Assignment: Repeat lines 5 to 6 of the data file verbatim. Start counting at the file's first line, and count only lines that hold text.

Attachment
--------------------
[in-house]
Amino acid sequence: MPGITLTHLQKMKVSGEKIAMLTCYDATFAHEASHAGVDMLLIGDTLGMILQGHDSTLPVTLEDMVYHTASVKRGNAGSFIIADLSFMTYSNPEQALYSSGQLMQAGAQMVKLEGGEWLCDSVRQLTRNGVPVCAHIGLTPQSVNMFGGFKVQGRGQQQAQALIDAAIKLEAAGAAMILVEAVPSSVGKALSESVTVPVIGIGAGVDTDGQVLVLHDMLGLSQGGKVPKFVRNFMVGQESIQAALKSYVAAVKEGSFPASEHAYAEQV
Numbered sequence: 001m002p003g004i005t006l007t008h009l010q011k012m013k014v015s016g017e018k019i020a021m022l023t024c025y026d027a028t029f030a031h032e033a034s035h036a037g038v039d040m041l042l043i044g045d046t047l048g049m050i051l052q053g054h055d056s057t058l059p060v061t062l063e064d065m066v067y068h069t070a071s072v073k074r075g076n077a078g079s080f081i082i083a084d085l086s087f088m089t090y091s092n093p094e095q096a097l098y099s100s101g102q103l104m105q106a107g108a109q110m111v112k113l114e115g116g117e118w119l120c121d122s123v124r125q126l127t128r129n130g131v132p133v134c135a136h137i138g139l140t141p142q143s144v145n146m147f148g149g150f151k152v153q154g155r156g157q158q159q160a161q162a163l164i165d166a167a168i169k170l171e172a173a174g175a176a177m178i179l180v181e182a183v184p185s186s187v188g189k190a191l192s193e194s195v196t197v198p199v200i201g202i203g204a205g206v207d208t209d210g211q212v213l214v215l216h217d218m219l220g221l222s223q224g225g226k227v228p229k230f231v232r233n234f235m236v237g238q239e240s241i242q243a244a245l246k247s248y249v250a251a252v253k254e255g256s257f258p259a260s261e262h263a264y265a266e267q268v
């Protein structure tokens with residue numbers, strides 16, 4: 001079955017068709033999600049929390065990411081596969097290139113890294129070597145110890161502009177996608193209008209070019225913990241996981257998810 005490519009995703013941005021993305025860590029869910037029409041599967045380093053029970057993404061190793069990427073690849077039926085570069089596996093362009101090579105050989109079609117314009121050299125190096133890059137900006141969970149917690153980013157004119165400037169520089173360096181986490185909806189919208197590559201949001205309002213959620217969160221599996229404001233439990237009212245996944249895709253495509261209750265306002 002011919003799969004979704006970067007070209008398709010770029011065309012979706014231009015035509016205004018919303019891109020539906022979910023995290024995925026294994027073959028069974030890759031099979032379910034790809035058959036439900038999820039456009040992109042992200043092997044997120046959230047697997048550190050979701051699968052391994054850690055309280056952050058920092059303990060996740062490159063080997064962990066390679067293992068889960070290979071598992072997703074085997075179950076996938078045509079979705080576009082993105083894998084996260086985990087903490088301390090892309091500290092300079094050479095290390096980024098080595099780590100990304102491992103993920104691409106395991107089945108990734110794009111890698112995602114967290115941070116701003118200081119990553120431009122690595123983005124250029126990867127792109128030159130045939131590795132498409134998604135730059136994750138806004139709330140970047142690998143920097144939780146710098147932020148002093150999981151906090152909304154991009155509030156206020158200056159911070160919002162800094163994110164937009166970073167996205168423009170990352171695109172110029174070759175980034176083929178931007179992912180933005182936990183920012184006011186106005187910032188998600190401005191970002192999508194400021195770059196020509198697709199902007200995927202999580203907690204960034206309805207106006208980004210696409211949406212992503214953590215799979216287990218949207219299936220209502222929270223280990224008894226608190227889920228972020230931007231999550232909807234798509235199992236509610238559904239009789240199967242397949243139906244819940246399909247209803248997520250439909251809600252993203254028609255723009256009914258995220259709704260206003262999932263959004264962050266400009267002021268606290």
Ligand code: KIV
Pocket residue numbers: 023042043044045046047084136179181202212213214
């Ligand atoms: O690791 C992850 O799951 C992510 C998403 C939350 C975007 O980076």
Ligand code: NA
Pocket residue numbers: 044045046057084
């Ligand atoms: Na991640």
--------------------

Ligand code: KIV
Pocket residue numbers: 023042043044045046047084136179181202212213214